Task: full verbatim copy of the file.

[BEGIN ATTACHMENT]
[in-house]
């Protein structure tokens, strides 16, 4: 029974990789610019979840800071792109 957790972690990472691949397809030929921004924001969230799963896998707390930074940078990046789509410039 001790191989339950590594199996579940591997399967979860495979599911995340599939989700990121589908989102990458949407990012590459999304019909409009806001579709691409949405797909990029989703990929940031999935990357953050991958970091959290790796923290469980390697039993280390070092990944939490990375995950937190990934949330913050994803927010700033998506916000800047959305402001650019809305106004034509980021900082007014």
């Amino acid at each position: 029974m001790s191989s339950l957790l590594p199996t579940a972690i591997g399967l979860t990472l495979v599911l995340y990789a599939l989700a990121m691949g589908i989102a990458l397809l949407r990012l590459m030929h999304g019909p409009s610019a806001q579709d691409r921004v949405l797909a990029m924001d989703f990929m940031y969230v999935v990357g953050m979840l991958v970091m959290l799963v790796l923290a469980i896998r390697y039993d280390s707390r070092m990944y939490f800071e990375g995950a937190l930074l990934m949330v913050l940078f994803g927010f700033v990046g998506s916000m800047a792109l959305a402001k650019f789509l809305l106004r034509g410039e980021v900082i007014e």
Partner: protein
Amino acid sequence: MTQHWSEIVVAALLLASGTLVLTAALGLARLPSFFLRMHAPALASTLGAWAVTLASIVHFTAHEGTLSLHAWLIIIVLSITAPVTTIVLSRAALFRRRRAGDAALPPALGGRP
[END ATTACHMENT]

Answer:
[in-house]
């Protein structure tokens, strides 16, 4: 029974990789610019979840800071792109 957790972690990472691949397809030929921004924001969230799963896998707390930074940078990046789509410039 001790191989339950590594199996579940591997399967979860495979599911995340599939989700990121589908989102990458949407990012590459999304019909409009806001579709691409949405797909990029989703990929940031999935990357953050991958970091959290790796923290469980390697039993280390070092990944939490990375995950937190990934949330913050994803927010700033998506916000800047959305402001650019809305106004034509980021900082007014």
């Amino acid at each position: 029974m001790s191989s339950l957790l590594p199996t579940a972690i591997g399967l979860t990472l495979v599911l995340y990789a599939l989700a990121m691949g589908i989102a990458l397809l949407r990012l590459m030929h999304g019909p409009s610019a806001q579709d691409r921004v949405l797909a990029m924001d989703f990929m940031y969230v999935v990357g953050m979840l991958v970091m959290l799963v790796l923290a469980i896998r390697y039993d280390s707390r070092m990944y939490f800071e990375g995950a937190l930074l990934m949330v913050l940078f994803g927010f700033v990046g998506s916000m800047a792109l959305a402001k650019f789509l809305l106004r034509g410039e980021v900082i007014e």
Partner: protein
Amino acid sequence: MTQHWSEIVVAALLLASGTLVLTAALGLARLPSFFLRMHAPALASTLGAWAVTLASIVHFTAHEGTLSLHAWLIIIVLSITAPVTTIVLSRAALFRRRRAGDAALPPALGGRP